Romanesque Architecture, What is Romanesque, Define Romanesque

Romanesque Architecture speaks to what is Romanesque and define Romanesque. It appeared in both Europe and North America in the 1840s and was an eclectic movement as inspired by the writings of John Ruskin and by the architecture of German architect Karl Friedrich von Schinkel (1781 to 1841). One of the earliest example of this type of design is the first museum building for the Smithsonian Institute in Washington by architect James Renwick in 1846.

This revival had two distinct phases which may indeed be viewed as two different styles.

The first phase which appeared in the 1840s looked for inspiration to the medieval architecture of the eleventh and twelfth centuries and had much in common with Gothic architecture. Its principal features are square towers, hipped and gabled roofs, decorative medieval inspired detailing such as corbel tables under the eaves. The windows were round arched with wide voussoirs and the buildings tend to have a heavier appearance than the Gothic. This style was used for some religious architecture and institutions.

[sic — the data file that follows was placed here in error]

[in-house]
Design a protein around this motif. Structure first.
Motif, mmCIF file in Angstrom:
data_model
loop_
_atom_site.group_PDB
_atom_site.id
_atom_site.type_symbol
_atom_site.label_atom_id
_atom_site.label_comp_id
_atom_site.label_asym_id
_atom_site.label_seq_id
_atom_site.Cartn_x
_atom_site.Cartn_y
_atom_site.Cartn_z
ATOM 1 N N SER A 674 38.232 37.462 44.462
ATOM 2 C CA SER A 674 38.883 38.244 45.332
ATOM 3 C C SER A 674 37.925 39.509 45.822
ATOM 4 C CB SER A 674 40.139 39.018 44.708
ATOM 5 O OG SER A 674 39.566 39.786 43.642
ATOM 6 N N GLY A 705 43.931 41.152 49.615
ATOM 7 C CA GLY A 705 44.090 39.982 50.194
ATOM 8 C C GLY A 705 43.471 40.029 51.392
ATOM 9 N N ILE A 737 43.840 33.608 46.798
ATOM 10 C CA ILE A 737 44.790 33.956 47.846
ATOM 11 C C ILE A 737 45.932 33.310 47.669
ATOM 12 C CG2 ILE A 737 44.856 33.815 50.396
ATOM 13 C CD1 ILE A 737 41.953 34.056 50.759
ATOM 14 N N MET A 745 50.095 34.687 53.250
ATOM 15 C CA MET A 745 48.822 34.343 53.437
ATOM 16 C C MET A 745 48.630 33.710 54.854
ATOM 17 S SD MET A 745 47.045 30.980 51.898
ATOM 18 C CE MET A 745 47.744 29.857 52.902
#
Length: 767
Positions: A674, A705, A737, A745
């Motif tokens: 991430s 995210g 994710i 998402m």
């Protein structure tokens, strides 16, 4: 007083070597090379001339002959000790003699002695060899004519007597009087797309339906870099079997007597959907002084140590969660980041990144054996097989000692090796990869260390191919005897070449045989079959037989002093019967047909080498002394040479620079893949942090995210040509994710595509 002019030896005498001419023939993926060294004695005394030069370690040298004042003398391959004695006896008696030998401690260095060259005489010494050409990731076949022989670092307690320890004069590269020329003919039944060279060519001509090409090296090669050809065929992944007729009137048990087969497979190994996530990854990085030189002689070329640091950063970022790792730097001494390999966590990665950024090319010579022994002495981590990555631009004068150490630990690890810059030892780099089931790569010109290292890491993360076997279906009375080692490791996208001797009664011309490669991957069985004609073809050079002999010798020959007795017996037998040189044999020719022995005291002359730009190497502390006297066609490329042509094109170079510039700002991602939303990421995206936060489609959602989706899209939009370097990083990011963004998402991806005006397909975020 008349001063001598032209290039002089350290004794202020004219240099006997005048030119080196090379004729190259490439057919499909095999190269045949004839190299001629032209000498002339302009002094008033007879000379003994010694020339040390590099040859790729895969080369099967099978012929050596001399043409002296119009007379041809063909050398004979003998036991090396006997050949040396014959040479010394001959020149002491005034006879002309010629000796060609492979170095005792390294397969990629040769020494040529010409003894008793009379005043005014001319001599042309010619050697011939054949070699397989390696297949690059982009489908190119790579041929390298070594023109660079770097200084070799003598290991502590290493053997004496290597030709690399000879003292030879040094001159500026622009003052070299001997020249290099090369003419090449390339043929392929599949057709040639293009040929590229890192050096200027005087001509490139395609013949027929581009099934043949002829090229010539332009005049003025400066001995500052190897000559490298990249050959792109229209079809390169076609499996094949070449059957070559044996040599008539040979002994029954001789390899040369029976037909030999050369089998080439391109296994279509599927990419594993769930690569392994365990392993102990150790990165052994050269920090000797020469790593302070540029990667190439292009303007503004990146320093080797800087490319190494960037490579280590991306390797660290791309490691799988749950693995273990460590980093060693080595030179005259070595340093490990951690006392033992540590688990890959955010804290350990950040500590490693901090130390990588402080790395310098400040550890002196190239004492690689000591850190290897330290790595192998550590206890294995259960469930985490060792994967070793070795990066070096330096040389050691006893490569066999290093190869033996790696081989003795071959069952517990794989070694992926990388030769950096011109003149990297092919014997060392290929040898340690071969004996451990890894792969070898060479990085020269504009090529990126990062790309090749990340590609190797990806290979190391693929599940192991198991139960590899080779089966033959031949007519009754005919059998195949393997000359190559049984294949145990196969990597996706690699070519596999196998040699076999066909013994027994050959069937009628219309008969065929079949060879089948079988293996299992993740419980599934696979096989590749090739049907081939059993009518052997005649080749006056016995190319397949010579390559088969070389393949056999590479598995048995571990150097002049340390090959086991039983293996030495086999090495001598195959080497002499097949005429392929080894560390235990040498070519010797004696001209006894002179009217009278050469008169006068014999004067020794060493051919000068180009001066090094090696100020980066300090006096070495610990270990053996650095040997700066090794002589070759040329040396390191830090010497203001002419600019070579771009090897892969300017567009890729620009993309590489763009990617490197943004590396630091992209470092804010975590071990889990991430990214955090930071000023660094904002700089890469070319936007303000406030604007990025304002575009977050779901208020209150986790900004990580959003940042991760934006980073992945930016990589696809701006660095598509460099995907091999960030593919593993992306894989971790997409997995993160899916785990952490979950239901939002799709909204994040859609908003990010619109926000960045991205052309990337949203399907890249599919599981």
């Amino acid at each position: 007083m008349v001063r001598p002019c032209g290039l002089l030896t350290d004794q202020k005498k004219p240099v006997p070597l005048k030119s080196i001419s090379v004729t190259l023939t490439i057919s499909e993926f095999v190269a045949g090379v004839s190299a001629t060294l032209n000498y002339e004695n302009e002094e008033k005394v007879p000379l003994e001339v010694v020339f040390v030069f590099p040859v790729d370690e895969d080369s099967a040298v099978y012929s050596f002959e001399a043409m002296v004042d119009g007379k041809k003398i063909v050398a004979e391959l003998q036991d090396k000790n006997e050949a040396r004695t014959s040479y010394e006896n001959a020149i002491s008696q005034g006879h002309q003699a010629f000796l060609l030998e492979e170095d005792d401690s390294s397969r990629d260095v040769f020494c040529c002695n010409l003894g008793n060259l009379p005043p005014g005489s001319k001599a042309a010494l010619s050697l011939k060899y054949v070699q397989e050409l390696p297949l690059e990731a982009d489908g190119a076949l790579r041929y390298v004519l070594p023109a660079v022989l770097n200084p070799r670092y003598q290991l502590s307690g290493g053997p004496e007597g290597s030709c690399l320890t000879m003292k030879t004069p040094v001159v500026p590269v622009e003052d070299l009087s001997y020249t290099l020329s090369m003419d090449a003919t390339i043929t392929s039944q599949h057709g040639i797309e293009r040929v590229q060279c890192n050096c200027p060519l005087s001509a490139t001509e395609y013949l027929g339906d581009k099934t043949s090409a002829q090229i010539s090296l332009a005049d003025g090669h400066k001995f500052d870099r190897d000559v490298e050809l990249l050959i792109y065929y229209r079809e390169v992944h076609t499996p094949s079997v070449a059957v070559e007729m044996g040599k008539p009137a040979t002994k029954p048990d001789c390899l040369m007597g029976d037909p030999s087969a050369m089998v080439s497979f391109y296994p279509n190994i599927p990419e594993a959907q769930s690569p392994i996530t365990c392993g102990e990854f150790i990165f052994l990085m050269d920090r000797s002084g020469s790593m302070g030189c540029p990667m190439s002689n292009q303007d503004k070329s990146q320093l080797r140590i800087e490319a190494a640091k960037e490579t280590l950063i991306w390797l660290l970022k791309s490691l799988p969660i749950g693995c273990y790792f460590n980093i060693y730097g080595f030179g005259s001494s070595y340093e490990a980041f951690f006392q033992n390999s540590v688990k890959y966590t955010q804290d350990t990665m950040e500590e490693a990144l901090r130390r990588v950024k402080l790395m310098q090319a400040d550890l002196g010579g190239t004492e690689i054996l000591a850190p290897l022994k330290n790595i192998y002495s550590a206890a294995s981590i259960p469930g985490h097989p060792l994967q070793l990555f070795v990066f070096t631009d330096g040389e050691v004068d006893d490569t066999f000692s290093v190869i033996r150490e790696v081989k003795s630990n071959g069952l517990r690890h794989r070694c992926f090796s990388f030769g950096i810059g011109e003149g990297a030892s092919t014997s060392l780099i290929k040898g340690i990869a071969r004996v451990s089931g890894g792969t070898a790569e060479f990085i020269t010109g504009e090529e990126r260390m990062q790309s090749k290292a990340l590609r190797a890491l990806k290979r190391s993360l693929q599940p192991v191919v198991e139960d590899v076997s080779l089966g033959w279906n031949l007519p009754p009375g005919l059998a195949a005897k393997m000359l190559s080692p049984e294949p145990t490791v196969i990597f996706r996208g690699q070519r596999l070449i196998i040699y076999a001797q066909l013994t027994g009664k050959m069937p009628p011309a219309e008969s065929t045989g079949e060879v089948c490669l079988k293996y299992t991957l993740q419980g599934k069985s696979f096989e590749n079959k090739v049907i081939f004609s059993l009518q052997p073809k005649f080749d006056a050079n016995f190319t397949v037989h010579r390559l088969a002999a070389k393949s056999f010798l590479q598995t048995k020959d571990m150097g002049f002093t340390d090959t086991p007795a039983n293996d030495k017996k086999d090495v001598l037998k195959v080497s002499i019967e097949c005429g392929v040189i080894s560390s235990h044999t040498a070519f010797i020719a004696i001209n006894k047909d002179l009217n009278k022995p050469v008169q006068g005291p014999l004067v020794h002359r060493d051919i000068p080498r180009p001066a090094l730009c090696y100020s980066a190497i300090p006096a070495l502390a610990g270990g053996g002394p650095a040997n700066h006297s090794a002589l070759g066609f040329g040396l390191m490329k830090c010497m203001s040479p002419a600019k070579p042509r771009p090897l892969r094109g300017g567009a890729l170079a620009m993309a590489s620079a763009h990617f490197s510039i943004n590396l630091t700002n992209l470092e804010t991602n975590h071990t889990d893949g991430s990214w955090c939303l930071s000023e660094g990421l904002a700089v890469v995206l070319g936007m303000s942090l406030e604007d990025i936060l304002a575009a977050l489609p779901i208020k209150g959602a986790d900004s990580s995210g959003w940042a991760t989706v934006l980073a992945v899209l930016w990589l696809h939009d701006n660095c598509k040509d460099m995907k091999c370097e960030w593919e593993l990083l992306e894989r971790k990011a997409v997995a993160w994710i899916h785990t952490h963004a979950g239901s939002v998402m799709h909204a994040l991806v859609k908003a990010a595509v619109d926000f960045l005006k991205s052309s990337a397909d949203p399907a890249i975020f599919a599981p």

A more modest version became the standard model for commercial and industrial architecture as well as for modest public buildings. It was characterised by a repetitive use of round arched windows set in smooth brick walls articulated by thin pilaster strips. This functional interpretation of the style is not dissimilar to Italianate commercial architecture.

The second phase of the Romanesque emerged in the 1880s as influenced by American architect H.H. Richardson (1838 to 1886) who reinterpreted Romanesque architecture in a highly individual manner. This style is often called Richardson Romanesque featuring buildings with robust masonry structures with an originality that was new to nineteenth century architecture.

Characteristic features include walls of large rough faced masonry blocks, massive, round arched entrances incorporating short polished columns and prominent voussoirs set flush with the wall, groups of deeply set windows, asymmetrically positioned short circular towers with conical roofs, heavy stone stringcourses and oversized corbels. Despite their mass these buildings tend to be compact and sculptural in appearance and often incorporate sculpture, stained glass and other arts and crafts detailing.

In Canada the style was promoted by Thomas Fuller who after working in the United States became the chief architect of the Department of Public Works resulting in a number pf post offices and custom houses being built in this style.

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